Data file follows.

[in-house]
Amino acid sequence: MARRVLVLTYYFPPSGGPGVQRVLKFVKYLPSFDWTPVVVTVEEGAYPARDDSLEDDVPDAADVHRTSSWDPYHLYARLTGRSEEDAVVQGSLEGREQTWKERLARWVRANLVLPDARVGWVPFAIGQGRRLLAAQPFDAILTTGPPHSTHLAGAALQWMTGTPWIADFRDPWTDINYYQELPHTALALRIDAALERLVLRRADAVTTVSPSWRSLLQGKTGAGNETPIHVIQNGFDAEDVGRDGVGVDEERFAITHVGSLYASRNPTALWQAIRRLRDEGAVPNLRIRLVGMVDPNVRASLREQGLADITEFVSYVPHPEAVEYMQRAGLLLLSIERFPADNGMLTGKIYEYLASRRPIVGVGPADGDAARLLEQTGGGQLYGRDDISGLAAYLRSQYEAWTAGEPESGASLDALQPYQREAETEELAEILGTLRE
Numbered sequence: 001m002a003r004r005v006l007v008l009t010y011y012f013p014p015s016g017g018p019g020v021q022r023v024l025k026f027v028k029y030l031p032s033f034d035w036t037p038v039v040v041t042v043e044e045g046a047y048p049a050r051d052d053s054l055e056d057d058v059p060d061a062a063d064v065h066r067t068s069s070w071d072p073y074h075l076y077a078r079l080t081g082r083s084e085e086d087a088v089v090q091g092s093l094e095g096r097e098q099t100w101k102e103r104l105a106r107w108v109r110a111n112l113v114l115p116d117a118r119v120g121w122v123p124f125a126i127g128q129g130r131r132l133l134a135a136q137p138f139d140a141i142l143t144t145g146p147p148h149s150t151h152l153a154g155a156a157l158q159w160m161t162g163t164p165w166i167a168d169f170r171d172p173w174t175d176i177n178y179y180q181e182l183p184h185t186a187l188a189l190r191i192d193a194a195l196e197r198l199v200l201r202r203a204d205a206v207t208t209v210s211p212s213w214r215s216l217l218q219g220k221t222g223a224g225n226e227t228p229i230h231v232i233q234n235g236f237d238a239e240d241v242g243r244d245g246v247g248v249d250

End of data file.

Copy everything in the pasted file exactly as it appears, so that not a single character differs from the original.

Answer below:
[in-house]
Amino acid sequence: MARRVLVLTYYFPPSGGPGVQRVLKFVKYLPSFDWTPVVVTVEEGAYPARDDSLEDDVPDAADVHRTSSWDPYHLYARLTGRSEEDAVVQGSLEGREQTWKERLARWVRANLVLPDARVGWVPFAIGQGRRLLAAQPFDAILTTGPPHSTHLAGAALQWMTGTPWIADFRDPWTDINYYQELPHTALALRIDAALERLVLRRADAVTTVSPSWRSLLQGKTGAGNETPIHVIQNGFDAEDVGRDGVGVDEERFAITHVGSLYASRNPTALWQAIRRLRDEGAVPNLRIRLVGMVDPNVRASLREQGLADITEFVSYVPHPEAVEYMQRAGLLLLSIERFPADNGMLTGKIYEYLASRRPIVGVGPADGDAARLLEQTGGGQLYGRDDISGLAAYLRSQYEAWTAGEPESGASLDALQPYQREAETEELAEILGTLRE
Numbered sequence: 001m002a003r004r005v006l007v008l009t010y011y012f013p014p015s016g017g018p019g020v021q022r023v024l025k026f027v028k029y030l031p032s033f034d035w036t037p038v039v040v041t042v043e044e045g046a047y048p049a050r051d052d053s054l055e056d057d058v059p060d061a062a063d064v065h066r067t068s069s070w071d072p073y074h075l076y077a078r079l080t081g082r083s084e085e086d087a088v089v090q091g092s093l094e095g096r097e098q099t100w101k102e103r104l105a106r107w108v109r110a111n112l113v114l115p116d117a118r119v120g121w122v123p124f125a126i127g128q129g130r131r132l133l134a135a136q137p138f139d140a141i142l143t144t145g146p147p148h149s150t151h152l153a154g155a156a157l158q159w160m161t162g163t164p165w166i167a168d169f170r171d172p173w174t175d176i177n178y179y180q181e182l183p184h185t186a187l188a189l190r191i192d193a194a195l196e197r198l199v200l201r202r203a204d205a206v207t208t209v210s211p212s213w214r215s216l217l218q219g220k221t222g223a224g225n226e227t228p229i230h231v232i233q234n235g236f237d238a239e240d241v242g243r244d245g246v247g248v249d250